Mixing up a batch of mixed lengths and colours of Static Grass, and applying it as a base to the hillsides. Last shot shows the photo backdrop on the curved end glued in place.
Moving on to more dimensional scenery, I finally glued on the photo backdrop section along the curved backdrop that wraps the tracks on one end. This will be blended into the hill using 3D trees made using a variety of materials and techniques. The first is using Scenic Express Supertrees as the bases of the trees. This is a natural material, that can be painted and have scenery materials added to to create the look of trees. The material however, comes as a bit of a tangled mess. Once I found pieces that were the right shape/size, I needed to figure out how to straighten them out some. After a lot of reading online, the recommended technique seems to be soak them in boiling water for 5 minutes, then hang them with weights at the bottom to hold them straight. While they are hung, spray with isopropyl alcohol and scenic cement to effectively glue them straight. This seems to have worked, maybe not as well as I would have liked, but they are definitely straighter and I think I can work with them.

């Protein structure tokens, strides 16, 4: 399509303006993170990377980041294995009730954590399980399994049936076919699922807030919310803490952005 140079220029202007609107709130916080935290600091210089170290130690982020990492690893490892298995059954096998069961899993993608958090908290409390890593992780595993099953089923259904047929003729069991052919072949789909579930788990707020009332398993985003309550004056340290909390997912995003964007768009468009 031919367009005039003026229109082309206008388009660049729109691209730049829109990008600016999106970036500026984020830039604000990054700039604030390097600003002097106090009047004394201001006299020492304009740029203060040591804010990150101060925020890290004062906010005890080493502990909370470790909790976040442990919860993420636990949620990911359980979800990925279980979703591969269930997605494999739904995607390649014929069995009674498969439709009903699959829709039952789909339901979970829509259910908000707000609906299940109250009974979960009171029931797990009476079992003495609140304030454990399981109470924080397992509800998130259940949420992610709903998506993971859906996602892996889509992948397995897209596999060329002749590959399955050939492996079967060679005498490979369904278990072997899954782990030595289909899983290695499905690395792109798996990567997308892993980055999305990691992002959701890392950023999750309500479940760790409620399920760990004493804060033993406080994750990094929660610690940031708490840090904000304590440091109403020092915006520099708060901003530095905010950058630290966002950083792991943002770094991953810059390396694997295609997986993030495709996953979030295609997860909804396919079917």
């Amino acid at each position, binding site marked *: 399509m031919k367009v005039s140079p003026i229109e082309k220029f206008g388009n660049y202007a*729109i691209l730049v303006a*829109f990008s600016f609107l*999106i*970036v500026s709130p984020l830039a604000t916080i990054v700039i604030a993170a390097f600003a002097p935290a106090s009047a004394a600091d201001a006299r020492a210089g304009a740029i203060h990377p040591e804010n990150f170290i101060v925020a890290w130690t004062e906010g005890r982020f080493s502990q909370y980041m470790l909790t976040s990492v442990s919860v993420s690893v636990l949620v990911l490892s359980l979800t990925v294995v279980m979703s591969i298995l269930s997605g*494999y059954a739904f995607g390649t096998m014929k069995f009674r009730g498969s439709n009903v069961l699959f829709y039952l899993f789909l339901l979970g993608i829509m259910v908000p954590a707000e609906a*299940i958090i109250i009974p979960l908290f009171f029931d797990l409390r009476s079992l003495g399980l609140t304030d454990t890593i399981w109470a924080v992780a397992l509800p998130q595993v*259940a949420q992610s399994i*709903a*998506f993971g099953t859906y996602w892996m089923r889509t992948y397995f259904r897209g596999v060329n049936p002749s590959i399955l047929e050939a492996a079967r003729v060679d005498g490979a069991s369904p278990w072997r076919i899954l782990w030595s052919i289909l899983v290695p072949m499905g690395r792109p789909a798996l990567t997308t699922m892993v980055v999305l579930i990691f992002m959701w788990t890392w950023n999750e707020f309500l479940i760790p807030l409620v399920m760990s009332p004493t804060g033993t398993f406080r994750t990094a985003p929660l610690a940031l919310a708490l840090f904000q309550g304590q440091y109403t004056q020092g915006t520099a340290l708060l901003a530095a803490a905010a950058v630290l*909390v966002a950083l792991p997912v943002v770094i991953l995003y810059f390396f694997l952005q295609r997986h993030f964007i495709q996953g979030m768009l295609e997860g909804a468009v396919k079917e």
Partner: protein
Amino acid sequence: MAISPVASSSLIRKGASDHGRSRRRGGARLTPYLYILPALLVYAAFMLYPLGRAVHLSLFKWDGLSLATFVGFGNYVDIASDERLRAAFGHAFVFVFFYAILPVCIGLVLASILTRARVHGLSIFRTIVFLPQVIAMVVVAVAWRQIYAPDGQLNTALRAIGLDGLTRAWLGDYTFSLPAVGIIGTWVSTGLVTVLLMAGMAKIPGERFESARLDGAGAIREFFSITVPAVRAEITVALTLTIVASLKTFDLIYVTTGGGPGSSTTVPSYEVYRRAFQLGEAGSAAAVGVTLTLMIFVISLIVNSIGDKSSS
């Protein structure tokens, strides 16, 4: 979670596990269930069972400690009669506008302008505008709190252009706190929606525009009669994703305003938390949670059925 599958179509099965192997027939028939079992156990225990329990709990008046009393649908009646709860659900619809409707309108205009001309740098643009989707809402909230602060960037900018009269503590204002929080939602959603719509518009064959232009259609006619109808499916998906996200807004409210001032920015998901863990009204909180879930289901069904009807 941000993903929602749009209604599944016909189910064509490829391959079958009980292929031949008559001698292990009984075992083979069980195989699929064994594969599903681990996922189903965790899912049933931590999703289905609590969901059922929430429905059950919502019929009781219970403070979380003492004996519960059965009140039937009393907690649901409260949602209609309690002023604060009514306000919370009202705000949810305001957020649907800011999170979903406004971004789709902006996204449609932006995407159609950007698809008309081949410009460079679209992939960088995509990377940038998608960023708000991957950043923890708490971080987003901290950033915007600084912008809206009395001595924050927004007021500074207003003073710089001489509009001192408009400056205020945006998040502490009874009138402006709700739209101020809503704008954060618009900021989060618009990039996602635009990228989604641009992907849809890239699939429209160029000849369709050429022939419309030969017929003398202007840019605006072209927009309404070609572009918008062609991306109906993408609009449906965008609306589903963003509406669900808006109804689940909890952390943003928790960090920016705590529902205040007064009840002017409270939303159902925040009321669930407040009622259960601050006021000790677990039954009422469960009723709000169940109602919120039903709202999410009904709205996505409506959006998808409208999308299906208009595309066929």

Home made hanging rack for Scenic Express Supertrees and soaked super trees hanging while getting glued to straighten them.
Last but not least, more messy foam work. Digging a hole in the back of the hillside for the Iowa Scaled Engineering Soundbyte. It will live behind the scenery under the bridge, and create a sound of the crossing gates just to the west of the area on the diorama. Next up for this is to tidy up the wiring and run the switch to an accessible point. This is another project that would have been much easier had it been a part of the plan when I started, but I didn’t even know these existed when I started the diorama!
Soundbyte in its little cave. Ready to shorten the wiring leads and fully install it.
Next up, making the trees and getting them installed along the backdrop, then filling in the lower parts of the hillside, and some wiring work to get the Soundbyte installed, and the electrical power for the signals fully installed. It had felt for a while like I wasn’t making any progress, at least not visibly, but as with so many of my projects, I find sometimes great lengths of time spent looking and thinking, lead to great bursts of visible progress in a short period of time.